[Event "Open Leuven 1ste ronde"] [Date "2017.??.??"] [White "Bakker, M."] [Black "Brabo"] [Result "0-1"] [ECO "C47"] [WhiteElo "1693"] [BlackElo "2284"] [PlyCount "25"] [Round "?"] [Site "?"] [CurrentPosition "rnbqkbnr/pppppppp/8/8/8/8/PPPPPPPP/RNBQKBNR w KQkq - 0 1"] 1.e4 e5 2.Nf3 Nc6 3.Nc3 Nf6 4.d4 exd4 5.Nxd4 Bb4 6.Qd3?! { (Almost 5000 master-games in the database with this position but my opponent was already out book! I am already ashamed when I don't know a position when only 100 master-games are existing.) } 6...O-O 7.f3? Ne5 { (I played the much weaker d5 in the game just as I did twice before online but those blitz-games I never studied. In the megadatabase I found 8 games but in none of them the winning Ne5 was played. One of them was even played by a grandmaster of Azerbaijan: Azer Mirzoev.) } 8.Qe2 ( 8.Qd2 c5 9.Nf5 ( 9.Nb3 d5 10.a3 Bxc3 11.Qxc3 dxe4 12.Bd2 c4 13.Nc5 $19 { [%eval -212,34] } ) 9...d5 10.Nxg7 d4 11.Qh6 dxc3 12.b3 Kh8 13.a3 $19 { [%eval -202,31] } ) ( 8.Qe3 c5 9.Nf5 ( 9.Nb3 d5 10.a3 Bxc3+ 11.bxc3 dxe4 12.fxe4 Re8 13.Be2 $19 { [%eval -228,34] } ) 9...d5 10.Nxg7 Kxg7 11.Qg5+ Ng6 12.h4 Ng8 13.Qxd5 $19 { [%eval -209,30] } ) 8...c5 9.Ndb5 ( 9.Nb3 c4 10.Bf4 Ng6 11.Qxc4 Bxc3+ 12.Qxc3 Nxf4 13.O-O-O $19 { [%eval -224,34] } ) 9...d5 10.Bf4 a6 11.Bxe5 axb5 12.Kf2 Bxc3 13.bxc3 $19 { [%eval -196,31] } 0-1

Afterwards I found 8 games in the megadatabase with the same position after white's 7th move. In none of them the right move was played while 1 time it was even missed by a grandmaster of Azerbaijan: Azer Mirzoev see game. Further online I also missed it already twice but I very rarely study blitz-games see the (non-)sense of blitz.

This position breaks my previous personal record as most invisible move in my career. In my article scholar's mate I wrote about how popular books about tricks and traps are. So I think it could be a good idea once to collect the most invisible moves from the megadatabase and bundle this into a book. Likely this will be a very original piece of work for which surely some interest will exist.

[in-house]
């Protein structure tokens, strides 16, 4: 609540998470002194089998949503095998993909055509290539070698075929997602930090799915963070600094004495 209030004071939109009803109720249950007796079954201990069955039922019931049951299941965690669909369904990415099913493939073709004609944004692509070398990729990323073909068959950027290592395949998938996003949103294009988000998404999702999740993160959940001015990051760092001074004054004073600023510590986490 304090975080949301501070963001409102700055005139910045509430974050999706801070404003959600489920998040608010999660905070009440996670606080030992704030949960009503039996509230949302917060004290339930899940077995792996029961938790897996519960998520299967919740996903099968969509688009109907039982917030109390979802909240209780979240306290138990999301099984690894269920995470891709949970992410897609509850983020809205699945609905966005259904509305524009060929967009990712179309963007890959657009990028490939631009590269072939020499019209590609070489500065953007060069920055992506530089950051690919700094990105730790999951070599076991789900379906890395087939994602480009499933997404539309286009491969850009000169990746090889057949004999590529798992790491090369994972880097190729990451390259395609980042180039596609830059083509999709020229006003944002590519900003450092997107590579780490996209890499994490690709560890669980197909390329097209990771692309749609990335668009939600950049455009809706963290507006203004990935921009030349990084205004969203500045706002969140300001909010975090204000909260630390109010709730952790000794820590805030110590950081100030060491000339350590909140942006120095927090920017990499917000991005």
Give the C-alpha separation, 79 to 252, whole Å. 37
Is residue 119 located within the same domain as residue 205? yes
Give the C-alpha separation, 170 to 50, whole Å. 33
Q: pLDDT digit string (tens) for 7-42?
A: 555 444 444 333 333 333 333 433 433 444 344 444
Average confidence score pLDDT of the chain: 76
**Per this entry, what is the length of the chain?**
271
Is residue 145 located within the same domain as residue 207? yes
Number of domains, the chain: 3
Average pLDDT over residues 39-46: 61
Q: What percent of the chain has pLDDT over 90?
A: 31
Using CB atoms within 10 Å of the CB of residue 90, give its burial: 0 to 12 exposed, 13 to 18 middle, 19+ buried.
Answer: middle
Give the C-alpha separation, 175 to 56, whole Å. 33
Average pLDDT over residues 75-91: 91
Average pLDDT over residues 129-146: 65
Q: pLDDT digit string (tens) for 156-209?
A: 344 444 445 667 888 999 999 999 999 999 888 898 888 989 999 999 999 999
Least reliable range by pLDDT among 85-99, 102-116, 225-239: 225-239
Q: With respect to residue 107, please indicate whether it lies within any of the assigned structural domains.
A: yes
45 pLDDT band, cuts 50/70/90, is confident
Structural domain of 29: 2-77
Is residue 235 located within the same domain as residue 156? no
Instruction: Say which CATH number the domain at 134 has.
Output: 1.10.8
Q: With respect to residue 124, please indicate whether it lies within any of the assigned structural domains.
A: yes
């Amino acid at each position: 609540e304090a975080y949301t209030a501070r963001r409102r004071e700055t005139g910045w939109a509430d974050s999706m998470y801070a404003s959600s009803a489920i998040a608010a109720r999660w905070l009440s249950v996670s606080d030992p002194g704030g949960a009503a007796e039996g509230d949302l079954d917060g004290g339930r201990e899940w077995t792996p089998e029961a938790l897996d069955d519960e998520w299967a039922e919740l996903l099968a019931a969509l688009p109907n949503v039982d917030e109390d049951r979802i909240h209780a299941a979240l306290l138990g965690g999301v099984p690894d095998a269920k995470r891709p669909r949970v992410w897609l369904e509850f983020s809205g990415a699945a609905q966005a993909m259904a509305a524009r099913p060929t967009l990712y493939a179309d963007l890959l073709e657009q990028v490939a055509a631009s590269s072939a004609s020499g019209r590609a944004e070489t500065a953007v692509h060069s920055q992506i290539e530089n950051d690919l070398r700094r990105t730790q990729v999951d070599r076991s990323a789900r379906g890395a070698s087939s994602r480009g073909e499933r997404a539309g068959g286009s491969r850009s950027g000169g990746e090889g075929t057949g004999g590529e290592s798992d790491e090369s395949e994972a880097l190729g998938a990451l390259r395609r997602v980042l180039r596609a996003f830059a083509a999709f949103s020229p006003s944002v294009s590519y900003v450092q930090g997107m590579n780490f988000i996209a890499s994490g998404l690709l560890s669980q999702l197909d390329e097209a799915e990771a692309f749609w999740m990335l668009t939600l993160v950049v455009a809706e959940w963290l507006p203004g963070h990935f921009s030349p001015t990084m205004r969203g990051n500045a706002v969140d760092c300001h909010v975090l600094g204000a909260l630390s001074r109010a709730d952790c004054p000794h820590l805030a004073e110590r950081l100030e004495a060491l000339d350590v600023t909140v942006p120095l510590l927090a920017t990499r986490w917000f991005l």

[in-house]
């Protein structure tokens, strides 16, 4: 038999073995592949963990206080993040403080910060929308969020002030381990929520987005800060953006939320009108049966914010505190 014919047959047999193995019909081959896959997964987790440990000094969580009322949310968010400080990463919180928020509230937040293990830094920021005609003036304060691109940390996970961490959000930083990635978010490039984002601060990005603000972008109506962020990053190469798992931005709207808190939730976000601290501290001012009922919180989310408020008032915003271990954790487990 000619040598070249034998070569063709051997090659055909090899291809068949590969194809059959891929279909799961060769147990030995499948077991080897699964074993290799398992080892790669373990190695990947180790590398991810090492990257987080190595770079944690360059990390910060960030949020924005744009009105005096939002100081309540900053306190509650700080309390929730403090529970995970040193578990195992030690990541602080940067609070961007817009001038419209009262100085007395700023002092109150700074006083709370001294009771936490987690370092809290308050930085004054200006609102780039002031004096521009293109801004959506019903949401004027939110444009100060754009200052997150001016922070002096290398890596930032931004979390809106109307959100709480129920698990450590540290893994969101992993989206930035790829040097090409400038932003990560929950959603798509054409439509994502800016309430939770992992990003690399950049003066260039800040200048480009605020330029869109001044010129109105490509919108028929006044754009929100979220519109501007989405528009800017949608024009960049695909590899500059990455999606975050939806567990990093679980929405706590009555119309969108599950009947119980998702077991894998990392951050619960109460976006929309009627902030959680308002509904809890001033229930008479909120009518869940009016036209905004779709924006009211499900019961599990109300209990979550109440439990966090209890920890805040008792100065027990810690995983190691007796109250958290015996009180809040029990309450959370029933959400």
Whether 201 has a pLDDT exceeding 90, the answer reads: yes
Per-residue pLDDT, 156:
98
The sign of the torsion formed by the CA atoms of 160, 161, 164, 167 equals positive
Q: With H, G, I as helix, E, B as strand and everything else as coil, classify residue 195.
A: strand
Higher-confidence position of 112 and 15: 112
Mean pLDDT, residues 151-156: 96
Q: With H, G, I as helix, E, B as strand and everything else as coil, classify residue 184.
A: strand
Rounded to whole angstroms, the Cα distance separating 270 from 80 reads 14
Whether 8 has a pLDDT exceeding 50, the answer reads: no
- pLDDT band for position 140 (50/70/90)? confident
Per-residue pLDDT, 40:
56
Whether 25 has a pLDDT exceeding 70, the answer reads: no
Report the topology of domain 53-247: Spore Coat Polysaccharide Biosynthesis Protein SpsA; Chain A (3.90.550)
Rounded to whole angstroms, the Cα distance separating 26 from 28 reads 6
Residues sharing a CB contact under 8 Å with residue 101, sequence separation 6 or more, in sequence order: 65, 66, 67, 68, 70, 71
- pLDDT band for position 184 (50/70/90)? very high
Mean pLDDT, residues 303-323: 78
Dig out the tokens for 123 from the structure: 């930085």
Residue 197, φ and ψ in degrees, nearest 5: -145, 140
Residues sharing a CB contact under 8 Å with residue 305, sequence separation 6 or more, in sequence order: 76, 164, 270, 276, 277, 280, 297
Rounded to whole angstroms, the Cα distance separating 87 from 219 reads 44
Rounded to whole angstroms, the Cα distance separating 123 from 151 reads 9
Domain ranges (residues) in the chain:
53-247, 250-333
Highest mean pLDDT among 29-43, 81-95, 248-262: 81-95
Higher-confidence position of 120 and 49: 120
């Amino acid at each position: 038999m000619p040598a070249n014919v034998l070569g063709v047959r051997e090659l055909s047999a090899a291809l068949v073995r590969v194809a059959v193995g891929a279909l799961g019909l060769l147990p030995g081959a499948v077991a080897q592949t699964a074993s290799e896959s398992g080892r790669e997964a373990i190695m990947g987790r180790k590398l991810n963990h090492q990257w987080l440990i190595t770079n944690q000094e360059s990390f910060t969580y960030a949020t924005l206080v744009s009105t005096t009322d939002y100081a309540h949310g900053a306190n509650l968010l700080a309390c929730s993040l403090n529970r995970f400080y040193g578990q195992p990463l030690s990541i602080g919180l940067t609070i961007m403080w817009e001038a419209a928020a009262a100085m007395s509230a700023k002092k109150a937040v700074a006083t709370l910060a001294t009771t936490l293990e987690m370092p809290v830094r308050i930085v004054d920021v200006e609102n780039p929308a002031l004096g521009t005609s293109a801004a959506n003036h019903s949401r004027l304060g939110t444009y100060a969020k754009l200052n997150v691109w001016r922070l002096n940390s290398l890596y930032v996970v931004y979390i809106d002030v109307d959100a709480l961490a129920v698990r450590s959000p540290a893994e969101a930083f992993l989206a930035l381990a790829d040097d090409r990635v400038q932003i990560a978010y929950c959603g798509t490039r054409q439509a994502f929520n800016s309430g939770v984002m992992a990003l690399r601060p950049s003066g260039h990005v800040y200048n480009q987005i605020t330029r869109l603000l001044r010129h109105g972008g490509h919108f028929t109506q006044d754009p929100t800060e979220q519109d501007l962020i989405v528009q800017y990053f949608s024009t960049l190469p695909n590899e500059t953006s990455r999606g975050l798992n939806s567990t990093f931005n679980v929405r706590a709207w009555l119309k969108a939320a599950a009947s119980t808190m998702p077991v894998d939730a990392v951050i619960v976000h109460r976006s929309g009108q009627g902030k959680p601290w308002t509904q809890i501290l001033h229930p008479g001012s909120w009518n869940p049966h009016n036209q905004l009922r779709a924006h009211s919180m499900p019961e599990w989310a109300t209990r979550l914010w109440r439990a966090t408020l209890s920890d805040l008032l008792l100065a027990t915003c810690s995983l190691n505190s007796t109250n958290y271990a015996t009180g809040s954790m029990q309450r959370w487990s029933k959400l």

Tuesday, December 19, 2017


Playing, playing and playing is the most important ingredient to improve see my article experience. However at some point of time we progress only very little anymore and eventually there is stagnation. We very quickly conclude that this is just natural. You can't forever squeeze a lemon.

Still many things which we do automatically after all those years prevent us of making any major breakthroughs. Only a few dare to question all established routines. A nice example is of course the recent news about Alphazero which tries something different after decades of Alpha-Beta-programming. The top-engines Stockfish, Komodo, Houdini are still making steady progress but Alphazero proves that machine-learning is definitely also a valid programming-track to explore. We could well be at the eve of a significant increase of playing strength of our best chess-engines (we are still far away from playing perfect chess!).

It is not only useful for engines to think out of the box but also we players can benefit from it. Besides we often know very well what is needed to make still some progression as experienced player. Valery Maes wrote a reaction on my article chess-links in which he stated that an IM-title for me is possible but I realize this is not feasible with my current playing- and working schedule. I see 3 domains which can likely make an impact upon my playing level:
- I should play (much) more competitions especially against stronger players (+2300 elo)
- I need to build a much more flexible repertoire so minimum a couple of openings for both colors so I can switch easily.
- Finally I need to dump the Dutch defense or at least I should not play it as my main-opening.

Easy to say of course and much harder to execute. None of the 3 domains will succeed without serious efforts and honestly I don't have the time/ energy for it. Probably my best chance is to profit from my son's chess-career. In a couple of years it must be possible to play together (several) tournaments each year and maybe I also will learn something of his openings when he starts to play better.

Anyway not for everybody it is that difficult to make new progress at a more mature age. I know many players with sometimes decades of experience whom are barely doing any homework ever. They have of course much more margin to improve. The winner of the first Maneblussers-tournament the 38 year old Belgian FM Matthias De Wachter proved this recently with a fide-ratingpeak of 2355 and as told to me with IM-ambitions. Coincidence or not but this rating-gain went along with teaching his daughter Livia chess!